Cabinet components and organizational accessories that offer ease of use also fulfill consumer demand for clean-lined, orderly interior spaces
To cope with the hectic pace of their busy lives, many homeowners are combating potential chaos by getting organized. An uptick in demand for storage detailing and accessories should be no surprise; it dovetails with the growing preference for calming, clean-lined contemporary and transitional cabinetry exteriors and built-ins.
Suzanne Scott, owner and principal designer of Seattle-based Suzanne Kristine Interiors, says, “Almost every client I speak with wants to increase organized storage solutions, whether it’s for their master suite, kitchen, bathroom, or main living area. A visually clean aesthetic is what clients are looking for, which is provided by designing organized storage specific to their needs.”
What better way to begin creating neatly detailed storage interiors than by presenting cabinet exteriors that reflect a sense of order. According to Tricia Hauser Tidemann, kitchen and bath design manager and lead kitchen and bath designer at Mingle, a kitchen and bath showroom and design studio in Plymouth, Minn., “A transitional, clean look is the most popular style right now. Flat, center-panel doors with a slight ease, bevel, or round on the inside corner of the door is desirable. Frameless cabinets are also popular because the reveals around the doors and drawers are tighter and more consistent between cabinets, offering a cleaner look.” According to Scott, “The Shaker door style has been and will continue to be the most popular. Doing a mix of Shaker and slab fronts in a larger space, such as a kitchen, can help ensure that the design doesn’t look too busy.”
Modern cabinet fronts with sleek lines translate into less visible hardware. “Visible door hinges have decreased in popularity over the years. As full-overlay doors overtake the industry, the focus has moved from decorative hinge features to door-style profiles,” explains Bonnie Schmitz, manager of design, trend, and innovation for semi-custom cabinetry manufacturer KraftMaid. “Visible hinges, in many cases, are used in traditional styles and don’t have the same soft-close functionality or ability to hold weight as the popular hinges of today,” she adds.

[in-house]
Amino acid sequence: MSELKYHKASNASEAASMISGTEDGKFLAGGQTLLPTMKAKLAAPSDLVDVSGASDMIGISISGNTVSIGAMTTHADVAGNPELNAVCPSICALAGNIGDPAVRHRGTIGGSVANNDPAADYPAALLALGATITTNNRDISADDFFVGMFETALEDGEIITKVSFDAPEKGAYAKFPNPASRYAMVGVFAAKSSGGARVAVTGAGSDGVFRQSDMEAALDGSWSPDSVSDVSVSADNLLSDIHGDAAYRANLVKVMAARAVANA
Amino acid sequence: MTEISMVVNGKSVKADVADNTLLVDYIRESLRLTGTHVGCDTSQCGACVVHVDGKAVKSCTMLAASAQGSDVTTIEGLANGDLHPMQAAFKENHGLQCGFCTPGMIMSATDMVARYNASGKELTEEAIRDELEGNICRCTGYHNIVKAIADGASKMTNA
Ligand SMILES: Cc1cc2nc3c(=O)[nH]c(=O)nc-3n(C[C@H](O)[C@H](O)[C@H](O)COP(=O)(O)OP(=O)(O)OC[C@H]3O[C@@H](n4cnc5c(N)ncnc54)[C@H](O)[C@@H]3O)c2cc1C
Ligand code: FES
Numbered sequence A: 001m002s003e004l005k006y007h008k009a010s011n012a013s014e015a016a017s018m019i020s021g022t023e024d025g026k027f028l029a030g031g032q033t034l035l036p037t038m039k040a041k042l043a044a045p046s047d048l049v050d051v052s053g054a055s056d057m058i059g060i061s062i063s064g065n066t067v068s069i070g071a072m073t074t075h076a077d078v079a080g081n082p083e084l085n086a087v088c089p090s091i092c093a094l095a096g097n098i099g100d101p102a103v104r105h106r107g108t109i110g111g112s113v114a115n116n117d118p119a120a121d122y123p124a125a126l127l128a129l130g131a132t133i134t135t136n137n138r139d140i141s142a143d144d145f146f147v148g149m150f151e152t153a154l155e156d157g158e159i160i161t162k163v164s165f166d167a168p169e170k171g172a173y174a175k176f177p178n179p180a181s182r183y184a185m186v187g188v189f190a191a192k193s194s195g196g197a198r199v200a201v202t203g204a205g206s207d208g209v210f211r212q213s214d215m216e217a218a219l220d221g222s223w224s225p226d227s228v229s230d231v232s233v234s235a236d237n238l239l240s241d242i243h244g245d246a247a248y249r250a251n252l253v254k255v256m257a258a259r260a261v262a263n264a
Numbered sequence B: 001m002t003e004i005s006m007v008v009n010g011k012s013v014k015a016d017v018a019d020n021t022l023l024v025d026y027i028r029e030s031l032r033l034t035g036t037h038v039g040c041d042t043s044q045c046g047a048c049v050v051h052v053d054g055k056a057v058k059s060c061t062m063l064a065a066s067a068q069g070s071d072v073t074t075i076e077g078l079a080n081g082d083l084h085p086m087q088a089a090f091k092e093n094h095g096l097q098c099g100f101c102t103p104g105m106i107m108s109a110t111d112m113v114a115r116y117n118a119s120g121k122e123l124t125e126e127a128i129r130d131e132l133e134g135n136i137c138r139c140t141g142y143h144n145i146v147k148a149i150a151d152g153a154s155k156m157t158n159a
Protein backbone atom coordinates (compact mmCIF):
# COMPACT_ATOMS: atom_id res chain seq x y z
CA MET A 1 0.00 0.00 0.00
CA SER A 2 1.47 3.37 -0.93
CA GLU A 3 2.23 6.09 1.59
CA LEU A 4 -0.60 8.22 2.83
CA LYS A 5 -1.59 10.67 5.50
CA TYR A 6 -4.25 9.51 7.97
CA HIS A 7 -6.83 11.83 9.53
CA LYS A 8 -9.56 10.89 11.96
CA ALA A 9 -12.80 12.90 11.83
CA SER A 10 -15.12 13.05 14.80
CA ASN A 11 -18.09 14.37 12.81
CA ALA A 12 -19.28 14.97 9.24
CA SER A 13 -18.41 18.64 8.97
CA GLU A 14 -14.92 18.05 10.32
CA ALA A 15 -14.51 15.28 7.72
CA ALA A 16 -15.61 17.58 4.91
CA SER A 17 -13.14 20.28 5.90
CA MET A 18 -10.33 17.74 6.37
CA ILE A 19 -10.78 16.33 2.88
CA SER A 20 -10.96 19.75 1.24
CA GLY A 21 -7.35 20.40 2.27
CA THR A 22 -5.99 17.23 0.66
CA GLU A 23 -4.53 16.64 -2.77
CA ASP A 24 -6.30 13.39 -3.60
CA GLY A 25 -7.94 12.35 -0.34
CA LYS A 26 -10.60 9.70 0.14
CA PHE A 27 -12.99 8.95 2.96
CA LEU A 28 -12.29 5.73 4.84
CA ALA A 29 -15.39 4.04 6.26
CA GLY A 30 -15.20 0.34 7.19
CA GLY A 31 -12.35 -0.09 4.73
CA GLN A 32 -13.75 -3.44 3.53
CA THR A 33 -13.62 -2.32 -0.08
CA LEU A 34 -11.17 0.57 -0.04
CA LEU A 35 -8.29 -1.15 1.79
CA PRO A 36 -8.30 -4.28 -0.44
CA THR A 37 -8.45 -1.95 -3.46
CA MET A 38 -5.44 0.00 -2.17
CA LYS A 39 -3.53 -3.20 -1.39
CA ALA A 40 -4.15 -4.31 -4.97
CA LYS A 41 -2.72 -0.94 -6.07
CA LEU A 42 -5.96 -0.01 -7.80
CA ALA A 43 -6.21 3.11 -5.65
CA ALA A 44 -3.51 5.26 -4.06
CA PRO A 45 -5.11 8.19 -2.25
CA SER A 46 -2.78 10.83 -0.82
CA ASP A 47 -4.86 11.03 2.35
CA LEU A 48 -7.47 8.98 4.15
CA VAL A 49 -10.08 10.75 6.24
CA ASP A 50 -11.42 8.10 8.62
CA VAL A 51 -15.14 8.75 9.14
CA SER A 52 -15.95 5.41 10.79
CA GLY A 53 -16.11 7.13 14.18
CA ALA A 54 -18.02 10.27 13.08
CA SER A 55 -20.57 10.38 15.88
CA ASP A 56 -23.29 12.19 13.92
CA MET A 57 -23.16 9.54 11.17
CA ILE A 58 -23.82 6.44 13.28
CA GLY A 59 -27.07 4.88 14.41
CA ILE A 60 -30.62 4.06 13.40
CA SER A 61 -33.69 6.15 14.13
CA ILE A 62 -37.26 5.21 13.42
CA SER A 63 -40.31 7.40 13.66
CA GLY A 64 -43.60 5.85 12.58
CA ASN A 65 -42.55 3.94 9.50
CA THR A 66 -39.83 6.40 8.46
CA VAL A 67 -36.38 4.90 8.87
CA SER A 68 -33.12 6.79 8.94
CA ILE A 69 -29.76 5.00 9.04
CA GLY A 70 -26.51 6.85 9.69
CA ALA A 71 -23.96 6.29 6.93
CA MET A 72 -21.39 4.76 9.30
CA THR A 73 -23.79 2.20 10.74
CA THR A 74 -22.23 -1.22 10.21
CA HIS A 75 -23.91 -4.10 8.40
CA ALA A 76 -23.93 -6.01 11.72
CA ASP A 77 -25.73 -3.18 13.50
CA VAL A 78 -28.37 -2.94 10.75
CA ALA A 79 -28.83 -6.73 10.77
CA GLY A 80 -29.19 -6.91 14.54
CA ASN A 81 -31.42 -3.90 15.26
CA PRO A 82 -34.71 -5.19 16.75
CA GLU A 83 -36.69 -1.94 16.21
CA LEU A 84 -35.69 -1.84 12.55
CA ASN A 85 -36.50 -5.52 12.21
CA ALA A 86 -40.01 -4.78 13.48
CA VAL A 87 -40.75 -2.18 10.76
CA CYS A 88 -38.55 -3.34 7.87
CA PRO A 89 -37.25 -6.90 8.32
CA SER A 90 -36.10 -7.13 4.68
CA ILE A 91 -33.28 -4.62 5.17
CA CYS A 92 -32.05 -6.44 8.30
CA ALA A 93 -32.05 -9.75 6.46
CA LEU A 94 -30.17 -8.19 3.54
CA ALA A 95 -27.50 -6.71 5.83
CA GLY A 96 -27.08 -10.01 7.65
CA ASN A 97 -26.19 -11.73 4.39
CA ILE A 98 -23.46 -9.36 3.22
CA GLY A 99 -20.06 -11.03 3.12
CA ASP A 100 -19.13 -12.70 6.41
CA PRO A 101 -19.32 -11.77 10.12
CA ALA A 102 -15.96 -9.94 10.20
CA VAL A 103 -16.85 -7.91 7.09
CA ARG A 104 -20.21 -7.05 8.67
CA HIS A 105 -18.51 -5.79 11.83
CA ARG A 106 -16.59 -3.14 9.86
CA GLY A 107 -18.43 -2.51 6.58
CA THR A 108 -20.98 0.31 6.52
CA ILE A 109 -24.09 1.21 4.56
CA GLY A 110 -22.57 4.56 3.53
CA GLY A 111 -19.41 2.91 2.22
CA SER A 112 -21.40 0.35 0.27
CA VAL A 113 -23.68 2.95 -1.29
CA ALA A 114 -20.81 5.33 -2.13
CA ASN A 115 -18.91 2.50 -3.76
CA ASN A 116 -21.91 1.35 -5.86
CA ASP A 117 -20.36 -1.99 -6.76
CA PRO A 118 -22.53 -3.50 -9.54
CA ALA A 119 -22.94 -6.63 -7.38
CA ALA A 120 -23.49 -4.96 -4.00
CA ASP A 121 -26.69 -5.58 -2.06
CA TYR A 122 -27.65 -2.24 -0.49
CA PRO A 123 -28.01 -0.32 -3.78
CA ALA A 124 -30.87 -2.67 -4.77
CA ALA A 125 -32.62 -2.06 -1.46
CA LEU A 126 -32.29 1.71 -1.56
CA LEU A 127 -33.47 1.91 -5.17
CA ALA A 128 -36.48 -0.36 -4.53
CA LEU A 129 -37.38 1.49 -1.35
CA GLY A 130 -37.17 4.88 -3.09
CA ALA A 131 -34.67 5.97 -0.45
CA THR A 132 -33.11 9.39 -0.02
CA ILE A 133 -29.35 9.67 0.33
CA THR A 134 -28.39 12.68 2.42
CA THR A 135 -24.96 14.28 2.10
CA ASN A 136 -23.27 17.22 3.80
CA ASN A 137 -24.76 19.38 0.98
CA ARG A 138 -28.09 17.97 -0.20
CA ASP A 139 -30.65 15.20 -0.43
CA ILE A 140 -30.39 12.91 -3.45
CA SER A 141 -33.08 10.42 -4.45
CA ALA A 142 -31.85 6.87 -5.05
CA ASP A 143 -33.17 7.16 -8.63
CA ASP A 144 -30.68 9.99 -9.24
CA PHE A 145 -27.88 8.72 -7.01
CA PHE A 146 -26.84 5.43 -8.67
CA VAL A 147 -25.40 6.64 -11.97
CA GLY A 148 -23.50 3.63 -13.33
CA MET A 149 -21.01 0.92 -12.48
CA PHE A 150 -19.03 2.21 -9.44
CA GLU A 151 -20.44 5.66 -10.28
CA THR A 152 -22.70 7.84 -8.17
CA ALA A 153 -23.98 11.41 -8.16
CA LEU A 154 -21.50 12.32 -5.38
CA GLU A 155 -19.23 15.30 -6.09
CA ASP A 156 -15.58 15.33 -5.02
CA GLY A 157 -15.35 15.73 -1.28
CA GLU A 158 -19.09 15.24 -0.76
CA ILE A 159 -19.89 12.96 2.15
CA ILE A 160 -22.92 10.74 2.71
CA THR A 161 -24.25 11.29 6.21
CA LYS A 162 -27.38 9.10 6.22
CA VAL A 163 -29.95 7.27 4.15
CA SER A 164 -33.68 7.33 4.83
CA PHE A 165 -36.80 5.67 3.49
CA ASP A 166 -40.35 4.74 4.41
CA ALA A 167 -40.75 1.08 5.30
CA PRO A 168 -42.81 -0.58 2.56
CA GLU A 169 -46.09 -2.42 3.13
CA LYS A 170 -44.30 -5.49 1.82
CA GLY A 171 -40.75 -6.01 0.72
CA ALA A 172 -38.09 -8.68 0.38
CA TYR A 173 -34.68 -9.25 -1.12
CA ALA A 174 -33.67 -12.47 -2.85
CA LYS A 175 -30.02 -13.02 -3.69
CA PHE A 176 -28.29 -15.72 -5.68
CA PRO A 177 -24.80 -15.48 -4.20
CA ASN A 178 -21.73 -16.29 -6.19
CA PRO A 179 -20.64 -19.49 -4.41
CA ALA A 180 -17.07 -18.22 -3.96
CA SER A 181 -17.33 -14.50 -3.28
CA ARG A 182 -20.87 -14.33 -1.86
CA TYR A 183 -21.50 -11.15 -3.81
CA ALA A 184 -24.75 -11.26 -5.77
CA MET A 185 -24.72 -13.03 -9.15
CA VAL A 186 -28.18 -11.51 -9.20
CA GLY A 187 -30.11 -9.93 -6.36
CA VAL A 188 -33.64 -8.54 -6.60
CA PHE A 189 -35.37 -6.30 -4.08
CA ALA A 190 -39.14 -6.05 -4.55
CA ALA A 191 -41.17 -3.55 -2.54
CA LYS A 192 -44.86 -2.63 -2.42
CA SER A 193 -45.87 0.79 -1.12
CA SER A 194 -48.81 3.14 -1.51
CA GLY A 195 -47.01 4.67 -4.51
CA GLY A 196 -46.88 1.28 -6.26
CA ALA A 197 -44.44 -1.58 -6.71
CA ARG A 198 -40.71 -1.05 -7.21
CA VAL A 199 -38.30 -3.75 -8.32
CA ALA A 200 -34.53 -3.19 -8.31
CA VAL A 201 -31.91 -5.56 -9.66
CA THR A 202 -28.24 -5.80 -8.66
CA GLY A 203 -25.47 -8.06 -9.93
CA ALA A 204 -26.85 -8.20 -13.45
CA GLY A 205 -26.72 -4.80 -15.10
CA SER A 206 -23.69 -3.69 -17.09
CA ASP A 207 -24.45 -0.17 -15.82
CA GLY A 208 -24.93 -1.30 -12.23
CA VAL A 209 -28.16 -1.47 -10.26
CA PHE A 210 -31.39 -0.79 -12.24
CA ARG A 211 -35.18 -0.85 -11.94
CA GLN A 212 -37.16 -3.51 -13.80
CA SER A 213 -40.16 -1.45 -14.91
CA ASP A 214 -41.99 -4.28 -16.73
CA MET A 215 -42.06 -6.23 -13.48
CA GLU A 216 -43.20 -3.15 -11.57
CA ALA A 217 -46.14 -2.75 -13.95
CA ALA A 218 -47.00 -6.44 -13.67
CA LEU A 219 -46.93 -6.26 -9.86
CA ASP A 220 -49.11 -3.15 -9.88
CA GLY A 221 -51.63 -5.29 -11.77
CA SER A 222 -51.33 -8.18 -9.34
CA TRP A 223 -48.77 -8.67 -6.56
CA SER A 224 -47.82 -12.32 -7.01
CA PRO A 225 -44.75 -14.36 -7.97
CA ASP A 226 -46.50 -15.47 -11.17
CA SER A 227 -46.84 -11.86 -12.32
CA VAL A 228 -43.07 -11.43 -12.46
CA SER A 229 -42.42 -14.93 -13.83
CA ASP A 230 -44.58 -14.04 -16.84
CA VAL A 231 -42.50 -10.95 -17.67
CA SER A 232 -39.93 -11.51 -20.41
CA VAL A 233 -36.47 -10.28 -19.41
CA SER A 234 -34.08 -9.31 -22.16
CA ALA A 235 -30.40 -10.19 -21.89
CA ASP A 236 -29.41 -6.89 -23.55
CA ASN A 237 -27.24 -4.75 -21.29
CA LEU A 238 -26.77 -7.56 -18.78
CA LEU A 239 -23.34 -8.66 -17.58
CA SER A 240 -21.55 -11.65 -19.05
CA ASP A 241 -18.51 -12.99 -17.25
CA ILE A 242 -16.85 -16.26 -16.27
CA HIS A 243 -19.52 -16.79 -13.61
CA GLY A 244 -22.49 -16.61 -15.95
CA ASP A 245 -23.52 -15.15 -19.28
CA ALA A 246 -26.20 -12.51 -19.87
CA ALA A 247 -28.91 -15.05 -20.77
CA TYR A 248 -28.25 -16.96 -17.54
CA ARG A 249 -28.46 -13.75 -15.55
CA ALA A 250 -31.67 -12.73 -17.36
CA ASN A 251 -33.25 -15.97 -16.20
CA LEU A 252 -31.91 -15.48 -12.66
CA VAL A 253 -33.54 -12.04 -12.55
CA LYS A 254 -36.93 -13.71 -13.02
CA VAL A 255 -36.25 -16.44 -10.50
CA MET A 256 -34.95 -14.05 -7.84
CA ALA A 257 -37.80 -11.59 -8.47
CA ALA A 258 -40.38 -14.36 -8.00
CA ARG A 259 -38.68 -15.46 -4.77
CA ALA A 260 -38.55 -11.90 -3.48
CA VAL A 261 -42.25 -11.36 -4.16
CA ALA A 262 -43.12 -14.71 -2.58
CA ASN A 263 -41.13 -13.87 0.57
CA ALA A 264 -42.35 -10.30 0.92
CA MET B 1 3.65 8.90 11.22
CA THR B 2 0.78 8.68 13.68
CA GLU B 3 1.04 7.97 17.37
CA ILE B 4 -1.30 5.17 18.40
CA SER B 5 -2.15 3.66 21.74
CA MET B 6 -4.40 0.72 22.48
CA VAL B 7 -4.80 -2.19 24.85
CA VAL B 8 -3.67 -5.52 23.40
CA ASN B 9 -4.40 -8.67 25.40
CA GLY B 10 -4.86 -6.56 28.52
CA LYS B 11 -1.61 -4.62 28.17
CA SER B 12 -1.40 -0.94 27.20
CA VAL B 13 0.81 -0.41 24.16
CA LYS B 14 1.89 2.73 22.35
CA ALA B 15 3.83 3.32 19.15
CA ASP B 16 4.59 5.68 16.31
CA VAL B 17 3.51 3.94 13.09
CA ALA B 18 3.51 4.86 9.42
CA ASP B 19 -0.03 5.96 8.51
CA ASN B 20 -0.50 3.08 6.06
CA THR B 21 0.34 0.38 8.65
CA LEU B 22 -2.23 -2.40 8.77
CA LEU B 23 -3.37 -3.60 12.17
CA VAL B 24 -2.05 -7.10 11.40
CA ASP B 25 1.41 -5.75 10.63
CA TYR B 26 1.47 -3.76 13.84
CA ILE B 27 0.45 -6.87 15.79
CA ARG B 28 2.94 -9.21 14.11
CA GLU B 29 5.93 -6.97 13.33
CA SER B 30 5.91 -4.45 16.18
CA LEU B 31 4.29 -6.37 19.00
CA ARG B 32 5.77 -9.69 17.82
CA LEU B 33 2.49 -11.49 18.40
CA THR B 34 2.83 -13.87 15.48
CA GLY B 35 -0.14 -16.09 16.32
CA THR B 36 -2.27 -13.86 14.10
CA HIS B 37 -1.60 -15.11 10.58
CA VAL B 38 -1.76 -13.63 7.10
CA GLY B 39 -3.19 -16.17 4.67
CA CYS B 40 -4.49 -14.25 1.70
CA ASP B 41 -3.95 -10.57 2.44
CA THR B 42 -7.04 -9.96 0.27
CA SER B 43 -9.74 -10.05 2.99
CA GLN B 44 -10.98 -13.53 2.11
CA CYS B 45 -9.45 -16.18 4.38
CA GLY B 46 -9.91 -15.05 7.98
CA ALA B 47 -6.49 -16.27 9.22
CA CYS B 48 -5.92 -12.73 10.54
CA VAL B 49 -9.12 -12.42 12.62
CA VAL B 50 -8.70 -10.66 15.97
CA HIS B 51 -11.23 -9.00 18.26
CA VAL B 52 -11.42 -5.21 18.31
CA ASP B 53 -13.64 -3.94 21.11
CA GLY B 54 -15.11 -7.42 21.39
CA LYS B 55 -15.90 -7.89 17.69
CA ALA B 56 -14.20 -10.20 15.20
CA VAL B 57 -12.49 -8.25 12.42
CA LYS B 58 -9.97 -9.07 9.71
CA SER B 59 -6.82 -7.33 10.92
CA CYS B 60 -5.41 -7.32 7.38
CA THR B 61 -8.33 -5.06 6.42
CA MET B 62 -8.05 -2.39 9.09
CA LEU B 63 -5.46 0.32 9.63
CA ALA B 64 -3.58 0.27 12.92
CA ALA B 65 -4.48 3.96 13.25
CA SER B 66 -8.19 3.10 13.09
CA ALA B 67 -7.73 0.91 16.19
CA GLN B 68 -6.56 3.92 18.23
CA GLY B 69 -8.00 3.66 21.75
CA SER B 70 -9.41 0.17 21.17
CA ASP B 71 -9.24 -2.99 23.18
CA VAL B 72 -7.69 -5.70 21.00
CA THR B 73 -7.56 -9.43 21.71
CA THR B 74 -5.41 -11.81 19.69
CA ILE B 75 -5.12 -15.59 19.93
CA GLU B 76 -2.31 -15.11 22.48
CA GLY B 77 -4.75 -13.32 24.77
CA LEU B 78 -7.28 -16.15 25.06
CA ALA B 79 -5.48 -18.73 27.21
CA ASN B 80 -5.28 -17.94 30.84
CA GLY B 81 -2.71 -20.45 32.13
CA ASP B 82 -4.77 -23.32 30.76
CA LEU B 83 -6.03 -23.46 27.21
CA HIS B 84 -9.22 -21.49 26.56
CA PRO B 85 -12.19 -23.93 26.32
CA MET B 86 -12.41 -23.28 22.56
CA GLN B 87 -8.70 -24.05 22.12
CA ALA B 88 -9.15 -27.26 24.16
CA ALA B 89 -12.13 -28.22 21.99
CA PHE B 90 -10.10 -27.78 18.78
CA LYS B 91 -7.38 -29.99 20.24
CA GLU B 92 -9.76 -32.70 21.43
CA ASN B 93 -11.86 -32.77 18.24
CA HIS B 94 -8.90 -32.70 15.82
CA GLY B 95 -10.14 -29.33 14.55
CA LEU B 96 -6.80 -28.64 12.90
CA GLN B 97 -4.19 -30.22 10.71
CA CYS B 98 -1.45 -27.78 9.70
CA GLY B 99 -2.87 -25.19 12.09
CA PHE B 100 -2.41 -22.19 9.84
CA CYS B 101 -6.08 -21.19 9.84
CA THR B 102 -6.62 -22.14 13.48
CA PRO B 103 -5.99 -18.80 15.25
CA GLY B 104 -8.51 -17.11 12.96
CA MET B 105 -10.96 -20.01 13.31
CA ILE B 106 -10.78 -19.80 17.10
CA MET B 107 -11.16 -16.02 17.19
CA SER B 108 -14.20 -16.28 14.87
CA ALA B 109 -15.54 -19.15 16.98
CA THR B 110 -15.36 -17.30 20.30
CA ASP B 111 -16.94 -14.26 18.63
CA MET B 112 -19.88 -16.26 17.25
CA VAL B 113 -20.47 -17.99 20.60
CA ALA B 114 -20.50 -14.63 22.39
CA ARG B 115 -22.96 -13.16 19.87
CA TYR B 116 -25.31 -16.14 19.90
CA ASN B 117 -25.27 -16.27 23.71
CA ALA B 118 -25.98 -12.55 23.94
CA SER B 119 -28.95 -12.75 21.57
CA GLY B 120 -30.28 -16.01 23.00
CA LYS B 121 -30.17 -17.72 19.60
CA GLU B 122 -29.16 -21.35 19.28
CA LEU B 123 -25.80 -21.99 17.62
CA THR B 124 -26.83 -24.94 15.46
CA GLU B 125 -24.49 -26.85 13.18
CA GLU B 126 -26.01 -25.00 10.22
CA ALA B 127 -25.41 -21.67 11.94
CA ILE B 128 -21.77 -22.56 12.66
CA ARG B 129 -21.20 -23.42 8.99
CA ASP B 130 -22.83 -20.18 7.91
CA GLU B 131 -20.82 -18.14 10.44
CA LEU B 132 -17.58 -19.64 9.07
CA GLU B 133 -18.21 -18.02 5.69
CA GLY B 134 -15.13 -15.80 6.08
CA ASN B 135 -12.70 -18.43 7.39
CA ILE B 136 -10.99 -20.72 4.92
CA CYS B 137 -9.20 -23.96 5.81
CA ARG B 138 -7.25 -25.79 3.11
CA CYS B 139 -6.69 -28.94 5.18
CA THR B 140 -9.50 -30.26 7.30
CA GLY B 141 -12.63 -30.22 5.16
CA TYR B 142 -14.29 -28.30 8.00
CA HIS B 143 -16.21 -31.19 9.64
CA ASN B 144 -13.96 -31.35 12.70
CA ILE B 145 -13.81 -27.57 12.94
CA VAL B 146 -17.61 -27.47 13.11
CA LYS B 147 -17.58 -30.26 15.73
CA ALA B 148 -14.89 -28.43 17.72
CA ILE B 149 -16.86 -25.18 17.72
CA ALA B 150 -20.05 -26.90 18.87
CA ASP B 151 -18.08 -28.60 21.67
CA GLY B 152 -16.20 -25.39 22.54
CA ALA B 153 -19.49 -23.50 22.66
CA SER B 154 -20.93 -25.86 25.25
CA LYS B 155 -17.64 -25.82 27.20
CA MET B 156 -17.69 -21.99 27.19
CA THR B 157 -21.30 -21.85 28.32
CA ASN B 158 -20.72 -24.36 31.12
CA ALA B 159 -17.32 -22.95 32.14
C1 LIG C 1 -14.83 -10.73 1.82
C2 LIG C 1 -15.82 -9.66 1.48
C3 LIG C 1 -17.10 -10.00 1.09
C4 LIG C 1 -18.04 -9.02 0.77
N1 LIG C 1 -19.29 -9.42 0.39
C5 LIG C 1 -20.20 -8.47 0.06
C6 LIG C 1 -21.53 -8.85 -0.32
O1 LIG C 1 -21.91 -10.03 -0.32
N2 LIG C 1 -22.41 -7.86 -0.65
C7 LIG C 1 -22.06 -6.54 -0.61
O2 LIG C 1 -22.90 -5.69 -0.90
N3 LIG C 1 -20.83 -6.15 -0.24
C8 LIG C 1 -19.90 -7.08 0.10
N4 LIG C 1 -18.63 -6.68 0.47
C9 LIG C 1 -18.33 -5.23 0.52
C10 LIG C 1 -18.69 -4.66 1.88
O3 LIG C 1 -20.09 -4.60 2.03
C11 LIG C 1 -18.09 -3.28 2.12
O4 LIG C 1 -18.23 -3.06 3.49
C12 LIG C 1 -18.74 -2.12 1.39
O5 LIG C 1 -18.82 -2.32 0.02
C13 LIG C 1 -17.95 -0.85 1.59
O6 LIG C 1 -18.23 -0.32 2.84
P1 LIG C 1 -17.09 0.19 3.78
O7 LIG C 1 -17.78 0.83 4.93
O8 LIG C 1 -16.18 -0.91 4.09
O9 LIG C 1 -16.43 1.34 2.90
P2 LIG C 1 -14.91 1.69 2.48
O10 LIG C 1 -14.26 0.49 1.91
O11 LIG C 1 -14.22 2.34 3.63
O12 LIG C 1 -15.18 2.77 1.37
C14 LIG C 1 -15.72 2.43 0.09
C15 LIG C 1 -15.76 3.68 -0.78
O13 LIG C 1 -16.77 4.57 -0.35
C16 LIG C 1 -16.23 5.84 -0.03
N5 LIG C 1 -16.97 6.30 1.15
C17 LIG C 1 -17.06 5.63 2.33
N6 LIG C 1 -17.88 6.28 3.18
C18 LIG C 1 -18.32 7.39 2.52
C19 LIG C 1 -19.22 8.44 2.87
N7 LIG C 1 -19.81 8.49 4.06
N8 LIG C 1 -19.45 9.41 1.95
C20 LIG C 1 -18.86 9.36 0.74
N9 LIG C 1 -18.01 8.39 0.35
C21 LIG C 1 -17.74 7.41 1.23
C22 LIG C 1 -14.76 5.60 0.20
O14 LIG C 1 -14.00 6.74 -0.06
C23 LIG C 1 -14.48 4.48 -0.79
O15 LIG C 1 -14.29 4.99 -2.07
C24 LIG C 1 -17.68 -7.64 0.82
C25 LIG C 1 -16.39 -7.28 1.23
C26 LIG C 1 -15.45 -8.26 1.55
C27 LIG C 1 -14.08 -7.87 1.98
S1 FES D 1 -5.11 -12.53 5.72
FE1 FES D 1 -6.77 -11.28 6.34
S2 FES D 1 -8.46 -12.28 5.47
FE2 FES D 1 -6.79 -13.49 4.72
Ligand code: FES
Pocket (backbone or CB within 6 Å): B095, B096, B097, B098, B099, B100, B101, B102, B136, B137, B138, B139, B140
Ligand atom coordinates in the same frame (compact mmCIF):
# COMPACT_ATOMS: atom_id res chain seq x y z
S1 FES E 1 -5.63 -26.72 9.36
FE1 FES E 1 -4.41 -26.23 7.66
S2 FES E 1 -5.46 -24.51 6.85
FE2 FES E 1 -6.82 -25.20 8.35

Stephanie Pierce, director of design and trends for MasterBrand Cabinets, agrees, “Visible door hinges are typically decorative or provide accent opportunities. Today, they are mostly used to create authenticity around period designs.”
Karen Smith, brand communication coordinator at Blum, adds, “Because they’re concealed behind the door front, the focal point of kitchens remains the cabinetry and not the hardware.” And, even when decorative hardware is used, consumer attitudes toward hardware selections has changed. “Consumers are taking more chances when it comes to choosing hardware for their homes,” says Christine Zimmer, product manager at Top Knobs, “and, therefore, styles and design options have exploded. Our clients use decorative hardware as a form of creative expression” (see lead image, above).